Nora’s Diner named top business
Jeff and Kathy Dyck were honoured to receive the Business Excellence Award from the Altona Chamber of Commerce for their Gretna restuarant, Nora's Diner. They accepted the award at a ceremony at the Rhineland Pioneer Centre in Altona on May 2, 2013 (GREG VANDERMEULEN/The Red River Valley Echo)
Nora’s Diner owners Jeff and Kathy Dyck say they were shocked when they got the phone call letting them know they had won the first ever Altona Chamber of Commerce Business Excellence Award in the 10 employees or less category. “I was dumbfounded,” Jeff said about when he heard the news. “It was probably about a minute before I said something. We’re very humbled by this because there’s so many great businesses in this area.”
Kathy agreed, saying they’ve been content to let their business speak for itself. “We don’t go out of our way to promote ourselves like that.”
Nora’s Diner began in Gretna in 2009. Both Jeff and Kathy Dyck are heavily involved in their community, with Jeff sitting on Gretna town council.
A Red Seal certified chef, Jeff said they didn’t have a grand vision when they opened the restaurant. “We wanted to make enough money to pay the bills,” he said.
Kathy agreed, saying they were really only looking at the local market. “We opened this place thinking we’d be here for the locals,” she said. They started off being open four days per week, but increased demand had prompted them to now be open six days a week. They’ve welcomed who they call guests, and not customers, from Winkler, Morden, Winnipeg and around the area.
And there’s a reason why they feel their customers are really their guests. Both loved to entertain before opening the restaurant and say it still feels like they’re opening their home.
“Every night, even to this day, we have butterflies because (it feels like) we’re having a house party,” Jeff said.
The restaurant was named after Jeff’s mom, who had always dreamed of moving back to Gretna. She died in 2002 without realizing that dream, prompting Jeff and Kathy to name the business after her, and add two words to the sign - “welcome home”.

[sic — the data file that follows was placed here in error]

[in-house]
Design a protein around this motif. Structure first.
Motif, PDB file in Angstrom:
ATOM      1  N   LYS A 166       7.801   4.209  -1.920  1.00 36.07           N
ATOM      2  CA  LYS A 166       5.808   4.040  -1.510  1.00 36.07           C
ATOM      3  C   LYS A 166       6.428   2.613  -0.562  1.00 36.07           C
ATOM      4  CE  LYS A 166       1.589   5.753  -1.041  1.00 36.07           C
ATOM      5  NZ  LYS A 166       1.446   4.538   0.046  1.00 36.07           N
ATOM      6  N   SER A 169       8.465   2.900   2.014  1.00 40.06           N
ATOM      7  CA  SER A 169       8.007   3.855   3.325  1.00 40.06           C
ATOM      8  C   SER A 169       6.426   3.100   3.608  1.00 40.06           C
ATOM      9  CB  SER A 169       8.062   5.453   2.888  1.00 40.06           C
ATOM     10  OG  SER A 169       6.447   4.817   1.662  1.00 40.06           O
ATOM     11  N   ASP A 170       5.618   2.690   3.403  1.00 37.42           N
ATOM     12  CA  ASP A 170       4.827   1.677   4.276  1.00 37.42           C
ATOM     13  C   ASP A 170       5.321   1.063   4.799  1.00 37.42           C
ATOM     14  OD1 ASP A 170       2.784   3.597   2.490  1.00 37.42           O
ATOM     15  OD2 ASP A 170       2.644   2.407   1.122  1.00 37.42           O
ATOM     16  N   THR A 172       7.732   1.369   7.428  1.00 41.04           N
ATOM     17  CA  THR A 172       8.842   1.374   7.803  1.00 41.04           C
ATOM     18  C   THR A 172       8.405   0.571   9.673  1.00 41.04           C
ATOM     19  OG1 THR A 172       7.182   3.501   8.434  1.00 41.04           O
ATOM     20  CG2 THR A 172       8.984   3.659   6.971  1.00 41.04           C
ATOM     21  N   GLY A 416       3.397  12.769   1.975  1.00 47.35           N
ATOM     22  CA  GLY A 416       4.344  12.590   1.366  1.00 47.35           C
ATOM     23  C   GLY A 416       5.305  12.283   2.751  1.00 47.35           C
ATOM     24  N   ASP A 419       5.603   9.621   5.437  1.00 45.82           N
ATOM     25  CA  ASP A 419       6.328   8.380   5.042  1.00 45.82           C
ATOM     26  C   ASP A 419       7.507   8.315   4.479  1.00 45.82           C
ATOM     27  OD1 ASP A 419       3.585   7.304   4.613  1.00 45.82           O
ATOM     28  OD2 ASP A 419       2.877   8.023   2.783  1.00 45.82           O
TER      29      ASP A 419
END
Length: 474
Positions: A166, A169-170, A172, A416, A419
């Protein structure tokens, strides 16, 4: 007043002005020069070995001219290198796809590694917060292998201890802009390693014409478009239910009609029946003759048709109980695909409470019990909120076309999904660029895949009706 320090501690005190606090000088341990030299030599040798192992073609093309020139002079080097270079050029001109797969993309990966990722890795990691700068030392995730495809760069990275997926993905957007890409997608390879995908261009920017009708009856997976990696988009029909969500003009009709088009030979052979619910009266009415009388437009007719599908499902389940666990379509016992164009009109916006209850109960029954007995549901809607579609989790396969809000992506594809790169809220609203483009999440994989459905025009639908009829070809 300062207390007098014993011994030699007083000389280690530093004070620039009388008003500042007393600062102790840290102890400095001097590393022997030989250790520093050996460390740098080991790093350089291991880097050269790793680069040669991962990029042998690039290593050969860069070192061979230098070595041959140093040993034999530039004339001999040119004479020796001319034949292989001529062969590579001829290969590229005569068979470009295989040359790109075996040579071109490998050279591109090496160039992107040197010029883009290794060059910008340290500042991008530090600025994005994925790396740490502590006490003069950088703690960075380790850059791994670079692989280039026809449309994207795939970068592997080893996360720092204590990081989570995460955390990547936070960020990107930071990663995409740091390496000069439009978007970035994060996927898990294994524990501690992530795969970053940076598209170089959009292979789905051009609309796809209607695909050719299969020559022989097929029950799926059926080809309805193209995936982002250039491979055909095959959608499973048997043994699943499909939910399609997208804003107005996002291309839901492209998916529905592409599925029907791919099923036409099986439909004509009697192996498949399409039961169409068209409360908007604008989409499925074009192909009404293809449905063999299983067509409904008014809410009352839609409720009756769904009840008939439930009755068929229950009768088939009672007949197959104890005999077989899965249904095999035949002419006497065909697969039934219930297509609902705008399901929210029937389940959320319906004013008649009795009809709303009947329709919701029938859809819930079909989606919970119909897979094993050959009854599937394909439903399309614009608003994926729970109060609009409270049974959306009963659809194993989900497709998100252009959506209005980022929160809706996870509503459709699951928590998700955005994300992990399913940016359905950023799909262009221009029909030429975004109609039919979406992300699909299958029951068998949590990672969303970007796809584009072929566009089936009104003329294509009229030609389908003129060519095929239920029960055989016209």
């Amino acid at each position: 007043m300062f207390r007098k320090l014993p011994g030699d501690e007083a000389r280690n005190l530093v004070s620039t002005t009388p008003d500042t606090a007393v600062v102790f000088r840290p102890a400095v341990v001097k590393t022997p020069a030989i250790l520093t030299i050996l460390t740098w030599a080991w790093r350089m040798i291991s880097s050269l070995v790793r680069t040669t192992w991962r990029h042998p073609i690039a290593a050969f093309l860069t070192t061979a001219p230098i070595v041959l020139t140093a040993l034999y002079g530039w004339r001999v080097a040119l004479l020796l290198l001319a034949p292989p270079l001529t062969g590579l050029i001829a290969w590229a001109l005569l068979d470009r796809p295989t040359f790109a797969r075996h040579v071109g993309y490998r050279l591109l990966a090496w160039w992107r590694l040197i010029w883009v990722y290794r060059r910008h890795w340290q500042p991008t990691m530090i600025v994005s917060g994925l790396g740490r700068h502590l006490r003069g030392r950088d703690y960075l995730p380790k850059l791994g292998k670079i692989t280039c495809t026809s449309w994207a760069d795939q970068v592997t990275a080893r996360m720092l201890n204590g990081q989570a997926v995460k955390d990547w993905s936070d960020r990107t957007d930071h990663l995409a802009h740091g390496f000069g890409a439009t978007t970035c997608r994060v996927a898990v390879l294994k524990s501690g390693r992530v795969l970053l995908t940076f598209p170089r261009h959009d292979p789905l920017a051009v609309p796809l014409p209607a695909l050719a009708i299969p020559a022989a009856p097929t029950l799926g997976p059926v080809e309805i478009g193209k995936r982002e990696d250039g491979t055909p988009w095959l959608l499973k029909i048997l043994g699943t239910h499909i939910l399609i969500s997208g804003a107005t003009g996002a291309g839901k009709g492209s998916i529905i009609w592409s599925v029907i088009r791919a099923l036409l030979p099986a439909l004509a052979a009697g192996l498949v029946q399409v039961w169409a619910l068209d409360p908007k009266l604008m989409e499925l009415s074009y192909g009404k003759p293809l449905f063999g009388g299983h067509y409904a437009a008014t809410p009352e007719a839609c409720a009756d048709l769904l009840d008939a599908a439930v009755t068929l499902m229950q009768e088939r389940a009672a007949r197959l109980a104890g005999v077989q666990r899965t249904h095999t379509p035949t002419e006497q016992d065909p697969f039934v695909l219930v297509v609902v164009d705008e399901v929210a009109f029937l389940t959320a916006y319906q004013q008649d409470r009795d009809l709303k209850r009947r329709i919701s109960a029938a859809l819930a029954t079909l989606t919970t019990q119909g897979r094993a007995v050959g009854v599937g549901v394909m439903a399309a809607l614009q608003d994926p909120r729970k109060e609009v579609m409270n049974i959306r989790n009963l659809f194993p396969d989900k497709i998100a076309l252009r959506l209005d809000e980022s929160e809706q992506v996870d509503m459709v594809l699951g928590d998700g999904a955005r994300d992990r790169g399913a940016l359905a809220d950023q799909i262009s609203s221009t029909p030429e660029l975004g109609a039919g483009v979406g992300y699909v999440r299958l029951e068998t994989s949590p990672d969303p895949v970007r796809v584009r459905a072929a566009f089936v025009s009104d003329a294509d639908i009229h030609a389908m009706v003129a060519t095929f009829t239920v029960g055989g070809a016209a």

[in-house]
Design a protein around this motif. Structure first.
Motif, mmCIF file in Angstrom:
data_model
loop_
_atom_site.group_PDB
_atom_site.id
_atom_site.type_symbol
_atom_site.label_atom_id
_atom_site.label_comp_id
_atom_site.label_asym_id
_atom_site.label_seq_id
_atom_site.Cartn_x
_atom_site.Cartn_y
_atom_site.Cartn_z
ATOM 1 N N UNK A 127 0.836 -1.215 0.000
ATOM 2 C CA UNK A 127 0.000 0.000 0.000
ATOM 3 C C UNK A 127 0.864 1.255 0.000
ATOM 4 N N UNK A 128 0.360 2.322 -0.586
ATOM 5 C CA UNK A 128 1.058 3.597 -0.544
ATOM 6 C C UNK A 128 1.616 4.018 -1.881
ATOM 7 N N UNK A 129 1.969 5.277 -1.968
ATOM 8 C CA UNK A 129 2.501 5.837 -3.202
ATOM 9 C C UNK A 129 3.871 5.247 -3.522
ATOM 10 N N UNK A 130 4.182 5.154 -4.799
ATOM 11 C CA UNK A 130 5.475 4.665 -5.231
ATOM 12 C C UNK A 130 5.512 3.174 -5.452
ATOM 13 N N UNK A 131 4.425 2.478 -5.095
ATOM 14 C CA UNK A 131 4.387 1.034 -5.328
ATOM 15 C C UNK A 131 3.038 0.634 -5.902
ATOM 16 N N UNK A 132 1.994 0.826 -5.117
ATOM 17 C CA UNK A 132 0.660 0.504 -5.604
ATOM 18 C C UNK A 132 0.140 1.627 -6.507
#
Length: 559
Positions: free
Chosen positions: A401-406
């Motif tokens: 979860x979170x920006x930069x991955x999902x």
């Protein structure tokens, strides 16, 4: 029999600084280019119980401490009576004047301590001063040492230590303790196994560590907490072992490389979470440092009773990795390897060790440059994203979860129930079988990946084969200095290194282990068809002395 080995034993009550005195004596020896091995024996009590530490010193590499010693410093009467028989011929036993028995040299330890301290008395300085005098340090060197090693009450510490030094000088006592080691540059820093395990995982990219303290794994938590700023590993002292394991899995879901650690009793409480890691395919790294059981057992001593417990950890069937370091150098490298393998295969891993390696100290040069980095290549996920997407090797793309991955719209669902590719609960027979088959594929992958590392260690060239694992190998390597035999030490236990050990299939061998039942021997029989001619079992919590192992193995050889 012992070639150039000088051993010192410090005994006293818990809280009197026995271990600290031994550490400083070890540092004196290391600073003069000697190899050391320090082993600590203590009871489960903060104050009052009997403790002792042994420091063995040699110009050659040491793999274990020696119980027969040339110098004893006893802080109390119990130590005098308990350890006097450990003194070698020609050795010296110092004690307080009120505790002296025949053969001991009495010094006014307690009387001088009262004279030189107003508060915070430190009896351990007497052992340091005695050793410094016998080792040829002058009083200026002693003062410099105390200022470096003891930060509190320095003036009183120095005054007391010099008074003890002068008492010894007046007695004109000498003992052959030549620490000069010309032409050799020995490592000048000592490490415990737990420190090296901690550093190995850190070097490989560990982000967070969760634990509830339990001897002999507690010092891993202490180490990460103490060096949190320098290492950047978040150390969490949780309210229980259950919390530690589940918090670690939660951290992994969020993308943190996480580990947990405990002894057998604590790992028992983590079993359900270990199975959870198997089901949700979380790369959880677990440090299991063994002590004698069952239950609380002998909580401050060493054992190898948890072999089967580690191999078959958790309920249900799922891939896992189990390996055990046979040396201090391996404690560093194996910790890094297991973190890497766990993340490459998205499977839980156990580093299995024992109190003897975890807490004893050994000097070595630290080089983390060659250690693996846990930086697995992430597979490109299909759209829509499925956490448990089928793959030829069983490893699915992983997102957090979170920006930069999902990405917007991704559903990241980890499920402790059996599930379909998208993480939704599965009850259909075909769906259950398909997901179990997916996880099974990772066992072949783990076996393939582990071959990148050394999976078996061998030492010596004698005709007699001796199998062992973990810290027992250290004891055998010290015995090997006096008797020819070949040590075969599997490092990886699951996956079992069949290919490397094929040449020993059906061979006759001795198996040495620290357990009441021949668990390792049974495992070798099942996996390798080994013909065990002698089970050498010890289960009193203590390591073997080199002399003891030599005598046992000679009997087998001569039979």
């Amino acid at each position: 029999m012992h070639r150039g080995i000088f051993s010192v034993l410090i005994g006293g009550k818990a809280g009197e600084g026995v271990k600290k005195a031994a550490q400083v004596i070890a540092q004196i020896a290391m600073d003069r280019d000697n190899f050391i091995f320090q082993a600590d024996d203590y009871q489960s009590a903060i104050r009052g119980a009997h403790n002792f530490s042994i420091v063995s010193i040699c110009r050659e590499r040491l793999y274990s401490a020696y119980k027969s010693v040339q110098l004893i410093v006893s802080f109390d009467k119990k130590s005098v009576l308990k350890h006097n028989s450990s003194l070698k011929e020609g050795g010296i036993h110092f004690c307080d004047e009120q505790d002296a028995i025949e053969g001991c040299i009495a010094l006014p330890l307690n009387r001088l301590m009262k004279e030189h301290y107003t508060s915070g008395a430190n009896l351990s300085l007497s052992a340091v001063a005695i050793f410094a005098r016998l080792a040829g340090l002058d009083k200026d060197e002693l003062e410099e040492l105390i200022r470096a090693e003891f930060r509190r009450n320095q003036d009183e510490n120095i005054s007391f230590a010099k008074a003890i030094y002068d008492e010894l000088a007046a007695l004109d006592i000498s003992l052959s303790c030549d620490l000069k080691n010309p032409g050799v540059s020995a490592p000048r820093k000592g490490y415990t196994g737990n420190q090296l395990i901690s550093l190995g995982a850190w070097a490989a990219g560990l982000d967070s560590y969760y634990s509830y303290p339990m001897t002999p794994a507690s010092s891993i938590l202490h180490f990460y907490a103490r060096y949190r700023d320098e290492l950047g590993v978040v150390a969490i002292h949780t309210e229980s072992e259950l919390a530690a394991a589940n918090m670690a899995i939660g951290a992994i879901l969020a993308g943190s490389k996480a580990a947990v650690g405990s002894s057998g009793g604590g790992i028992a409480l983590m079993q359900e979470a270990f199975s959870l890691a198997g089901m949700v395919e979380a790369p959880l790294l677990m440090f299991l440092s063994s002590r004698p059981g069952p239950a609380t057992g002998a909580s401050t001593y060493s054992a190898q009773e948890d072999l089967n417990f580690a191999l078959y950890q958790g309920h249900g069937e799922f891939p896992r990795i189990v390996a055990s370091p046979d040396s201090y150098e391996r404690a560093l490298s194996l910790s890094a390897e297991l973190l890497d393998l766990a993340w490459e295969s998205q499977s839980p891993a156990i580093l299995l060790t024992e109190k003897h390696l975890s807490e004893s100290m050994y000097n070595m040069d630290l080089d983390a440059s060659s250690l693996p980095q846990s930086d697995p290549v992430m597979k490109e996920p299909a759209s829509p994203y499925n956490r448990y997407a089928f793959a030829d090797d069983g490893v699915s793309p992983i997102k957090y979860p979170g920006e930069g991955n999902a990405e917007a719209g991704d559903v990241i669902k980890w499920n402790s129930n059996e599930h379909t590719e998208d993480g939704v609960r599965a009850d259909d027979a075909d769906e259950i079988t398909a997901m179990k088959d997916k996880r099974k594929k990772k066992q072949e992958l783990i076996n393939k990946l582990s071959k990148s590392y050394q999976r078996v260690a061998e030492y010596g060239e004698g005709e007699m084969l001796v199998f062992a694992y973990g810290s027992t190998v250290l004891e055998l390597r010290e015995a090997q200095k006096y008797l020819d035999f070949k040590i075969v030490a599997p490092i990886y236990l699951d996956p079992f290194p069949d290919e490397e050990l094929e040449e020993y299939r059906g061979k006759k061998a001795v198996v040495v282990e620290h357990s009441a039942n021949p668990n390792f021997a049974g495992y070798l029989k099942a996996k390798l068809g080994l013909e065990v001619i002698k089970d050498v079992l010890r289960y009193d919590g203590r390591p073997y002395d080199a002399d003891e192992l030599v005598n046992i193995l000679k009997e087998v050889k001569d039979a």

The menu at Nora’s Diner is varied, but it began in a modest fashion. “We started with three items,” Kathy said.
Jeff said in a culinary sense, they knew they were dealing with a “challenging demographic”, one that may not be inclined to try new things. “We’re trying to educate (them) that there’s more out there,” he said.
Jeff will introduce a new item as a feature, get customer feedback and decide whether or not to add it to the menu.
Sometimes it works, like the Wham-Bam Shrimp, one of their signature appetizers. The Australian Sea Bass was also a big hit with many who couldn’t get enough of the tender buttery fish. Sometimes it doesn’t, as in the case of a roasted duck breast that just didn’t catch on.
“We’re listening to the customers,” Jeff said.
Seafood and steaks are a popular part of their fare. The steaks come fresh three times a week from Spenst Meats and the freshest possible ingredients are used.
“Everything is made here,” Kathy said. “We start from scratch.”
“We want to stay as local as possible,” Jeff said. “We live in this bountiful area.”
Creating a homelike atmosphere for staff and guests is important to the owners, and that has paid off.
“We have a great staff,” Kathy said. “They are so loyal to us.”
Being open to feedback, encouraging their staff to enjoy their work, and rewarding them for their effort all helps create a great working environment.
From a chef’s perspective, Jeff keeps it simple, using only the spices necessary to accentuate the natural flavours.
Although business is booming, Jeff and Kathy say they have no plans to get bigger.
“I want to focus on what we do well, and let’s just do it well,” Jeff said.
“We don’t really want to grow larger than we are now,” Kathy added.
Seeing a friendly wave as a guest departs is what makes the work worthwhile for both of them.
“We absolutely think of everybody as our guest,” Kathy said.
The restaurant also allows them to promote the town and area, something they’ve done with historical pictures on the walls and in conversations with customers.
“We encourage and promote this area as a destination to come to,” Jeff said. “We want to be ambassadors for this area.”
Recently they’ve also been able to invest financially as well, supporting local causes, such as getting a new sign for the Gretna Arena.
But at the end of the day, they want the same things for guests and staff. “This is your safe haven,” Jeff said. “We want you to enjoy your time here.”